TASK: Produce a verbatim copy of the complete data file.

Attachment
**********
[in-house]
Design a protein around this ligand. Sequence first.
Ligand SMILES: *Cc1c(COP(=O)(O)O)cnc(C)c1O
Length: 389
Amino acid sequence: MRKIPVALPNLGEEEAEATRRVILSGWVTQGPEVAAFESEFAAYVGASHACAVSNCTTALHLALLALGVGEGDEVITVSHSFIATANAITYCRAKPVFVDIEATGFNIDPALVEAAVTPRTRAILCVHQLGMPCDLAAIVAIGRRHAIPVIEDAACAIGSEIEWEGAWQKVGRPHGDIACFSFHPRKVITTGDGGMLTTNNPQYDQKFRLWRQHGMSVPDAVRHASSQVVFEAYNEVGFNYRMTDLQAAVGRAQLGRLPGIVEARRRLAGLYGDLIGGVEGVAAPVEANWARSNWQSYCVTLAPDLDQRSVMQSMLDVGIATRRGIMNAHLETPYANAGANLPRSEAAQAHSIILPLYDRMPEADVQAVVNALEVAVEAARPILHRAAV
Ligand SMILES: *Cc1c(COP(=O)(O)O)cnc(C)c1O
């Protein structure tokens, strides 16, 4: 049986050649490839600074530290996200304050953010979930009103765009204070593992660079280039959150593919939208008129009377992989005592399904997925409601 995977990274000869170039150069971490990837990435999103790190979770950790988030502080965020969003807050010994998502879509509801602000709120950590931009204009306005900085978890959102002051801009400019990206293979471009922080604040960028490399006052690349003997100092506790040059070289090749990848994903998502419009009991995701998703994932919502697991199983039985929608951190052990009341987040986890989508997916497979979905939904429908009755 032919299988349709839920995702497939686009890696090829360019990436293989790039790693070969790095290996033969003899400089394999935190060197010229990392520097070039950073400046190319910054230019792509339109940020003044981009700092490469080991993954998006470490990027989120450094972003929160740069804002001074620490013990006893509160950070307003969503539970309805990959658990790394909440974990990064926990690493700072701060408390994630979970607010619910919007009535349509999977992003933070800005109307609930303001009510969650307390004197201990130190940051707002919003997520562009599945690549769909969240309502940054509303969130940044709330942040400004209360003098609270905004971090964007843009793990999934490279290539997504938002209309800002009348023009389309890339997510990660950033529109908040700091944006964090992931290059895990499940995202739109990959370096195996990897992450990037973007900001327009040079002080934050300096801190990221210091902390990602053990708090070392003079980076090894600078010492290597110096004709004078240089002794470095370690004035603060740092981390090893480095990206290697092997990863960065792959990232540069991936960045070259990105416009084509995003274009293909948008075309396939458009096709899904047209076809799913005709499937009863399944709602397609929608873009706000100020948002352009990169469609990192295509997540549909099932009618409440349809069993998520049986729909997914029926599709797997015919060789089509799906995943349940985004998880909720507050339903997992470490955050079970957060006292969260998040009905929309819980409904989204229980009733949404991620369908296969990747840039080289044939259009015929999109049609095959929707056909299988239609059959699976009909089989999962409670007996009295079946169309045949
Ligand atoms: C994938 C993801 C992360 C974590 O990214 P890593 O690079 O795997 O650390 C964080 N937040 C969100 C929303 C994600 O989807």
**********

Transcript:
[in-house]
Design a protein around this ligand. Sequence first.
Ligand SMILES: *Cc1c(COP(=O)(O)O)cnc(C)c1O
Length: 389
Amino acid sequence: MRKIPVALPNLGEEEAEATRRVILSGWVTQGPEVAAFESEFAAYVGASHACAVSNCTTALHLALLALGVGEGDEVITVSHSFIATANAITYCRAKPVFVDIEATGFNIDPALVEAAVTPRTRAILCVHQLGMPCDLAAIVAIGRRHAIPVIEDAACAIGSEIEWEGAWQKVGRPHGDIACFSFHPRKVITTGDGGMLTTNNPQYDQKFRLWRQHGMSVPDAVRHASSQVVFEAYNEVGFNYRMTDLQAAVGRAQLGRLPGIVEARRRLAGLYGDLIGGVEGVAAPVEANWARSNWQSYCVTLAPDLDQRSVMQSMLDVGIATRRGIMNAHLETPYANAGANLPRSEAAQAHSIILPLYDRMPEADVQAVVNALEVAVEAARPILHRAAV
Ligand SMILES: *Cc1c(COP(=O)(O)O)cnc(C)c1O
């Protein structure tokens, strides 16, 4: 049986050649490839600074530290996200304050953010979930009103765009204070593992660079280039959150593919939208008129009377992989005592399904997925409601 995977990274000869170039150069971490990837990435999103790190979770950790988030502080965020969003807050010994998502879509509801602000709120950590931009204009306005900085978890959102002051801009400019990206293979471009922080604040960028490399006052690349003997100092506790040059070289090749990848994903998502419009009991995701998703994932919502697991199983039985929608951190052990009341987040986890989508997916497979979905939904429908009755 032919299988349709839920995702497939686009890696090829360019990436293989790039790693070969790095290996033969003899400089394999935190060197010229990392520097070039950073400046190319910054230019792509339109940020003044981009700092490469080991993954998006470490990027989120450094972003929160740069804002001074620490013990006893509160950070307003969503539970309805990959658990790394909440974990990064926990690493700072701060408390994630979970607010619910919007009535349509999977992003933070800005109307609930303001009510969650307390004197201990130190940051707002919003997520562009599945690549769909969240309502940054509303969130940044709330942040400004209360003098609270905004971090964007843009793990999934490279290539997504938002209309800002009348023009389309890339997510990660950033529109908040700091944006964090992931290059895990499940995202739109990959370096195996990897992450990037973007900001327009040079002080934050300096801190990221210091902390990602053990708090070392003079980076090894600078010492290597110096004709004078240089002794470095370690004035603060740092981390090893480095990206290697092997990863960065792959990232540069991936960045070259990105416009084509995003274009293909948008075309396939458009096709899904047209076809799913005709499937009863399944709602397609929608873009706000100020948002352009990169469609990192295509997540549909099932009618409440349809069993998520049986729909997914029926599709797997015919060789089509799906995943349940985004998880909720507050339903997992470490955050079970957060006292969260998040009905929309819980409904989204229980009733949404991620369908296969990747840039080289044939259009015929999109049609095959929707056909299988239609059959699976009909089989999962409670007996009295079946169309045949
Ligand atoms: C994938 C993801 C992360 C974590 O990214 P890593 O690079 O795997 O650390 C964080 N937040 C969100 C929303 C994600 O989807």